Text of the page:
The Irate and the Upset: Consider that many the opinions being spread around are by angry writers who appear to have a big axe to grind with the Gahmen. Often, there is no reasoning with these people, no matter what you say, they have little good things to say about the Gahmen. You see these guys cropping up everywhere, especially on the comment threads. They often annoy me because they often don’t see the bigger picture before they go on their rants.
The Satirists : Mr Brown gets my respect, not only because he and his friends always come up with hilarious takes on current issues, but his observations are on the dot. In a country like ours where there isn’t really much one can do about the system, one way of subverting it is simply to have a good laugh about it.
The Intellectuals: These are the folks who probably comment or post the least, but think the most about what they see and read online.
The Apathetic: I probably belong to this group, though this posting kind of proves otherwise. I think I used to be cynical, but now I’m just resigned.
I’m not going to suggest which audience the PAP or other political parties should try to engage online, but it does have to realize that any of these audiences are probably more opinionated than the average joe that they meet during their weekend grassroot visits.
Law Minister Shanmugan was just quoted that people should not be distracted by “Internet chatter” and that they can decide what the real issues are.. Well times have changed – Internet chatter IS becoming public opinion. It’s no longer just coffeeshop talk limited to social circles that do not mix with each other.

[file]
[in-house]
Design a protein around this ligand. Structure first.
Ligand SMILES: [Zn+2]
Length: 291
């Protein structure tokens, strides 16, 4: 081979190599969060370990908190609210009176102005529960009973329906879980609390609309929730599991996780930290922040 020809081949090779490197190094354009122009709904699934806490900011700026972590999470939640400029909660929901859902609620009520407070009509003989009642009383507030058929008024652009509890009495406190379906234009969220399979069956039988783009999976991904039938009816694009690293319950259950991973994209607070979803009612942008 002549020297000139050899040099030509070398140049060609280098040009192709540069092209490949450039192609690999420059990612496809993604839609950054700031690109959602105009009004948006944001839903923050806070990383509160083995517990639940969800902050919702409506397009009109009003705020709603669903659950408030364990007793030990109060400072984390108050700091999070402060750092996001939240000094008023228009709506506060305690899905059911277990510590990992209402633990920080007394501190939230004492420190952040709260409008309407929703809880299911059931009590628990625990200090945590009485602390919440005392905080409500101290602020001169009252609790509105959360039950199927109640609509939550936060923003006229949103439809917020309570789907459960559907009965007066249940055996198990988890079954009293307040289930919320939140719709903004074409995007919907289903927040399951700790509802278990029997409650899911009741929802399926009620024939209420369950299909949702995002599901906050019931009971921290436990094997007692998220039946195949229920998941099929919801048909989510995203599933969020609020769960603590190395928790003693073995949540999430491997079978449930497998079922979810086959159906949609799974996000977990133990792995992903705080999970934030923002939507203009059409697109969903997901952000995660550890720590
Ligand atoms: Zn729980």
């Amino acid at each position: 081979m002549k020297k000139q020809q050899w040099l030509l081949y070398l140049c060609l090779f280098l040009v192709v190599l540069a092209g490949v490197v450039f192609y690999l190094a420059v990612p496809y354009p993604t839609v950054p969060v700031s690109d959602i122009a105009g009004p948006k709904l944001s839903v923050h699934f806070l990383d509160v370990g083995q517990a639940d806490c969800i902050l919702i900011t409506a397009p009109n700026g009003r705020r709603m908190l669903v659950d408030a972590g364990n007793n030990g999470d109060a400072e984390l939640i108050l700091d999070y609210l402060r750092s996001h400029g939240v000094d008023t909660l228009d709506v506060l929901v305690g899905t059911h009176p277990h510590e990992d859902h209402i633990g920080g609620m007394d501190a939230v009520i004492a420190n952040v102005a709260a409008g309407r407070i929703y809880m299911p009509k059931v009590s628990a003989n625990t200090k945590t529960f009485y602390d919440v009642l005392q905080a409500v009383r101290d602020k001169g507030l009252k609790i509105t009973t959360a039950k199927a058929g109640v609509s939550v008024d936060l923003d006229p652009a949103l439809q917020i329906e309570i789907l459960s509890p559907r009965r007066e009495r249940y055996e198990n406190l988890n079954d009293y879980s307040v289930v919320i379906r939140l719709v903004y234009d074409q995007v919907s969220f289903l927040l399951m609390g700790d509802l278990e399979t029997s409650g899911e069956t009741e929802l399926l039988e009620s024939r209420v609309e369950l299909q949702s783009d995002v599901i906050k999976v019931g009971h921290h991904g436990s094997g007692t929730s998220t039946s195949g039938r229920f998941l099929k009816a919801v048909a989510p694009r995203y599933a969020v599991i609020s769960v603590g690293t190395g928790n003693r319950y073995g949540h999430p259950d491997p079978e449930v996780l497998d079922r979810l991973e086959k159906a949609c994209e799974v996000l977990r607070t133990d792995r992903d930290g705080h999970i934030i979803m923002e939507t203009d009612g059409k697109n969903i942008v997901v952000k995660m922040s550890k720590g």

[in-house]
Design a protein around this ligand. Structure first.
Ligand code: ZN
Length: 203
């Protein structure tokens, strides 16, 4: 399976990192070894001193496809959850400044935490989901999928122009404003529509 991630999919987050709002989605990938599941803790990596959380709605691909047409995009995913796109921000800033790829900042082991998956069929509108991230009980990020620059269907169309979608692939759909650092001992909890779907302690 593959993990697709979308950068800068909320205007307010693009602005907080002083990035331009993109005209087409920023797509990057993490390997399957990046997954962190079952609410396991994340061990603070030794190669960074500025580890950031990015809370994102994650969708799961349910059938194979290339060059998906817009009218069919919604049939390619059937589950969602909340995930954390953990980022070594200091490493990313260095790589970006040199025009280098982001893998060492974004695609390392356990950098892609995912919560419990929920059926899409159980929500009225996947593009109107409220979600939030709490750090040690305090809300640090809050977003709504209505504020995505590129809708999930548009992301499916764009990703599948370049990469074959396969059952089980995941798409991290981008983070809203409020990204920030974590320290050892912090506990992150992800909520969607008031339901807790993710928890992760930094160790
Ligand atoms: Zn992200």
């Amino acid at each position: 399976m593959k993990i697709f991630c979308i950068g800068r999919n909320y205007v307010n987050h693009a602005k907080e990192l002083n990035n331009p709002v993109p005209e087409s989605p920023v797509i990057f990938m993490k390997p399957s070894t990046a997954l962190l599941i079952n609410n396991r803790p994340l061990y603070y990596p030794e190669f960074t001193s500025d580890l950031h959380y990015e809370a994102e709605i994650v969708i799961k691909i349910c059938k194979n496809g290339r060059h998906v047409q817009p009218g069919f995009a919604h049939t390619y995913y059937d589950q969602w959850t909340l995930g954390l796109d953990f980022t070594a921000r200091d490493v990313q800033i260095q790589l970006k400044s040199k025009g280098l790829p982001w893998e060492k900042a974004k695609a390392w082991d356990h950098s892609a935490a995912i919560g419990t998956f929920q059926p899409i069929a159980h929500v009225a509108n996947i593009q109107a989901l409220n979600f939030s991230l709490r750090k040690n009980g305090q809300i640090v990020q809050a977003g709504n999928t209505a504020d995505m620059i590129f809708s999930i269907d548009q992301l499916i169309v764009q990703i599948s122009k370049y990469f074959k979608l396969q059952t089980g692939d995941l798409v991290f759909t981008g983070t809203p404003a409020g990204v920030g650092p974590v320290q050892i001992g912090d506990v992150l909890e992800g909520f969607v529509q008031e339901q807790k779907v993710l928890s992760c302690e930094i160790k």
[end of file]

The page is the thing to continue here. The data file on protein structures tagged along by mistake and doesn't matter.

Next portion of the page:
The big problem is that when public opinion is shaped by ill-informed ideas or emotional outbursts, there’s no other alternative in reshaping it since mainstream media’s coverage/commentary will be late by a day or two. What scares me is the level of xenophobia or anti-establishment sentiments that I see on the FB postings of younger friends.
The bigger problem, which most people don’t seem to realize, is that most of the “Internet chatter” on Facebook is actually kept from public view. It’s simply not possible to search and do a statistical study of the comments that are being posted in thousands of private FB comment threads (unlike Twitter, where it appears most tweets are in the public domain). It is also not possible for PAP or any other institution to befriend everyone on FB. So even if trouble is brewing within the FB community, it won’t surface till it reaches critical mass.
What I am personally looking for online, is a robust intellectual debate among the political candidates and wannabes about the issues that concern people today.
Isn’t that what the elections process is all about? It’s not just about dangling carrots or using fear appeal (“Imagine what would happen if those other guys got voted in!”), but persuading people why you should vote for them using reason, logic and emotion.
Having televised debates on Channelnewsasia is a nice start, but like many other folks, I no longer watch free-to-air television. I did try watching one episode last night but it was in Mandarin and I got lost in translation.
The Internet is a great platform to engage people and fire up their imaginations, but so far, the ruling party seems ill-prepared to take advantage of the free tools available to them. To be fair, I haven’t seen anything interesting from the opposition that makes me want to “like” their pages either.
It’s easy for people to “like” your Facebook page, but one has to take a lot of effort and care in engaging the community which can leave anytime it wishes.